The Null Device

You'd have to be an idiot to play Evony

Imagine, for a moment, that you have published an online multiplayer strategy game. How do you get players to play your game (and, more importantly, spend money on the numerous playability enhancements, from premium-priced instant messages to power-ups) rather than any of the numerous other games out there? Well, you could concentrate on making a particularly playable game, give away accounts and wait for word of mouth to do its work. Or, if you're the publisher of Evony (formerly known as Civony), a game heavily inspired (to phrase it somewhat generously) by Sid Meier's Civilization games only much more heavily monetised, you could bet on the assumption that sex sells and plaster the web with increasingly lascivious ads, in which the traditional cod-Tolkienist clichés gradually give way to gratuitous female nudity, culminating in the apotheosis: a close-up of a lingerie-clad bosom, with nothing about the actual game whatsoever. It's Idiocracy marketing taken a few steps beyond the typical Facebook ads with pictures of hot chicks promoting completely unrelated products, assuming that your target market is comprised entirely of idiots who, when shown pictures of BOOBIES!!!1!, begin drooling like Pavlov's Dog and reflexively get their credit cards out.

And here is a Grauniad piece about Evony. It seems that their dodginess goes well beyond patronisingly pornographic ad campaigns, and extends its slimy tentacles into everything from spamming blog comments to gold-farming and gouging their clientele (the "suckers", as I believe the technical term is) to lifting text and graphics from existing games. These people, it seems, have more contempt for their user base than MySpace.

And as if bad advertising and tenuous intellectual property were not enough, the game is also under fire for its business model – a system that seems intent on getting players to spend as much money as possible. Players are encouraged to buy in-game extras to speed their progress – but the confusing way the game prices its add-ons means that many users may not realise that a simple action, such as sending a message to another player, can cost 15p a time.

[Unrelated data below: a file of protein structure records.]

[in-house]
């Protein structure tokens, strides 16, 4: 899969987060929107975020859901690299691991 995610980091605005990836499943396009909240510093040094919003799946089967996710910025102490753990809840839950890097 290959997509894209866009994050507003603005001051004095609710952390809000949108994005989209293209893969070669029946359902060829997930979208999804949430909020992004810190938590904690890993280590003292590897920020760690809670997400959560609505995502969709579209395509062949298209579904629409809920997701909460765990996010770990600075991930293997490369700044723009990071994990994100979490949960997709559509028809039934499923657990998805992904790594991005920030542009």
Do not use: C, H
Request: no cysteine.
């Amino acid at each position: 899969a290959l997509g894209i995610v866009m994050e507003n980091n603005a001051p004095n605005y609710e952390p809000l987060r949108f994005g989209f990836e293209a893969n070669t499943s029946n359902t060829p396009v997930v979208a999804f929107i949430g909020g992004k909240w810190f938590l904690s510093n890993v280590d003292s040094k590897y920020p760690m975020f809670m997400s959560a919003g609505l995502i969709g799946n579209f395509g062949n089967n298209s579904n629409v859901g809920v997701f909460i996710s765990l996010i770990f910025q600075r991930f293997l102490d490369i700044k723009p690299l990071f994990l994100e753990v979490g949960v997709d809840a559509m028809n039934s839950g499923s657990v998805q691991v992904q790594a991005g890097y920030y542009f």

It turns out that the site's backers are equally unpopular. Evony is the product of Universal Multiplayer Game Entertainment (UMGE), a developer linked to a Chinese gold-farming operation called WoWMine. That site has also come in for regular criticism, but the real kicker comes with the news that the company's owners are being sued by Microsoft over allegations of click fraud.

There are 4 comments on "You'd have to be an idiot to play Evony":

Posted by: Greg Sat Jul 25 07:54:52 2009

I've been seeing those ads and thought they were so horrendous they must be a send-up. That medieval wench character with her top half off saying "Play now, my lord" or whatever, made me think: how stupid do they think gamers are? And their other clumsily-concealed acts of dodginess listed above: really, how lossy do they consider their target audience? But now I wonder if what they are doing is merely a more extreme form of the practices that most online games, and especially MMORPGs, engage in. I mean, this is basically a genre of entertainment, quite blatantly aimed at young males without a sex/social life, which takes their time and money in return for a flimsy power fantasy. (Of course most forms of entertainment do something like this.) Is the rest of the industry coming down on Evony's heads because the clumsiness of their efforts focuses attention on what the rest of them are up to?

Posted by: NPC Sun Jul 26 09:38:43 2009

"The seeds of ... Evonymus are nauseous, and said to be purgative and emetic; sheep are said to be poisoned by them." from The Vegetable Kingdom by John Lindley, 1853, p.587

Posted by: acb Mon Jul 27 21:56:15 2009

Greg: isn't there an extra dimension of cynicism involved in Evony? Judging by the coverage, the company doesn't have anyone in a decision-making position who is passionate about gaming or playability, but is entirely a cynical operation to produce a game-like object optimised for fleecing suckers at the lowest possible cost (including ripping off artwork and text wholesale from other games), without any thought being given to the user experience and long-term staying power. In contrast, I imagine that there'd be quite a few people at the World of Warcraft company who would be interested in gaming and game design.

Posted by: arthur Wed Jul 29 09:41:56 2009

Evony does look like a scam, but I must say that the practice of putting unrelated models on game boxes is quite common in among Chinese game developers (example here: ). It's idiotic, but it works reasonably well, and some of the models end up becoming minor celebrities.

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